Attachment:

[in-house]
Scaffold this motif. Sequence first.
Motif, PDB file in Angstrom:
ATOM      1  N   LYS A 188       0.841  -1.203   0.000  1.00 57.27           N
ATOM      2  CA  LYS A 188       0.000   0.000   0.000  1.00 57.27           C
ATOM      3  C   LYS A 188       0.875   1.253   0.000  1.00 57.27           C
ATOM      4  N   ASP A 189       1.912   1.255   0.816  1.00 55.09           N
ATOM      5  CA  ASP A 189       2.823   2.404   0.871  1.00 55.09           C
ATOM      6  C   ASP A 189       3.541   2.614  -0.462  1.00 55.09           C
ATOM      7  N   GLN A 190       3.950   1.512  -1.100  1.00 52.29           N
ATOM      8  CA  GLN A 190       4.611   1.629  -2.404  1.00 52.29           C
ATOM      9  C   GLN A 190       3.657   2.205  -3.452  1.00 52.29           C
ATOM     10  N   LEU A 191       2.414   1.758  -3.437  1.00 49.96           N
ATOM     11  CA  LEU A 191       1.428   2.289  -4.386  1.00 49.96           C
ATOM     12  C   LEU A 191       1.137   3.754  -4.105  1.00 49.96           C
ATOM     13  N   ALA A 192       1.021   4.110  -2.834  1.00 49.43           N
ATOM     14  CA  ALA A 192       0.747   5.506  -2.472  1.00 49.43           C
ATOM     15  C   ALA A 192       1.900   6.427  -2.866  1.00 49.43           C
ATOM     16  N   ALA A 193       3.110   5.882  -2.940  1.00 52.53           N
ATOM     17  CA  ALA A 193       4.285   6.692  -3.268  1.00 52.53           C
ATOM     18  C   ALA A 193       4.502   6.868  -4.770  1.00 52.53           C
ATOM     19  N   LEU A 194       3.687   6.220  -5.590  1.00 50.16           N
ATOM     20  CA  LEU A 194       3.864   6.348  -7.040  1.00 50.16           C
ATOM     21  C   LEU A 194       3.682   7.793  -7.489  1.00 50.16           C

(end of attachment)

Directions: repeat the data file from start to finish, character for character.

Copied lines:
[in-house]
Scaffold this motif. Sequence first.
Motif, PDB file in Angstrom:
ATOM      1  N   LYS A 188       0.841  -1.203   0.000  1.00 57.27           N
ATOM      2  CA  LYS A 188       0.000   0.000   0.000  1.00 57.27           C
ATOM      3  C   LYS A 188       0.875   1.253   0.000  1.00 57.27           C
ATOM      4  N   ASP A 189       1.912   1.255   0.816  1.00 55.09           N
ATOM      5  CA  ASP A 189       2.823   2.404   0.871  1.00 55.09           C
ATOM      6  C   ASP A 189       3.541   2.614  -0.462  1.00 55.09           C
ATOM      7  N   GLN A 190       3.950   1.512  -1.100  1.00 52.29           N
ATOM      8  CA  GLN A 190       4.611   1.629  -2.404  1.00 52.29           C
ATOM      9  C   GLN A 190       3.657   2.205  -3.452  1.00 52.29           C
ATOM     10  N   LEU A 191       2.414   1.758  -3.437  1.00 49.96           N
ATOM     11  CA  LEU A 191       1.428   2.289  -4.386  1.00 49.96           C
ATOM     12  C   LEU A 191       1.137   3.754  -4.105  1.00 49.96           C
ATOM     13  N   ALA A 192       1.021   4.110  -2.834  1.00 49.43           N
ATOM     14  CA  ALA A 192       0.747   5.506  -2.472  1.00 49.43           C
ATOM     15  C   ALA A 192       1.900   6.427  -2.866  1.00 49.43           C
ATOM     16  N   ALA A 193       3.110   5.882  -2.940  1.00 52.53           N
ATOM     17  CA  ALA A 193       4.285   6.692  -3.268  1.00 52.53           C
ATOM     18  C   ALA A 193       4.502   6.868  -4.770  1.00 52.53           C
ATOM     19  N   LEU A 194       3.687   6.220  -5.590  1.00 50.16           N
ATOM     20  CA  LEU A 194       3.864   6.348  -7.040  1.00 50.16           C
ATOM     21  C   LEU A 194       3.682   7.793  -7.489  1.00 50.16           C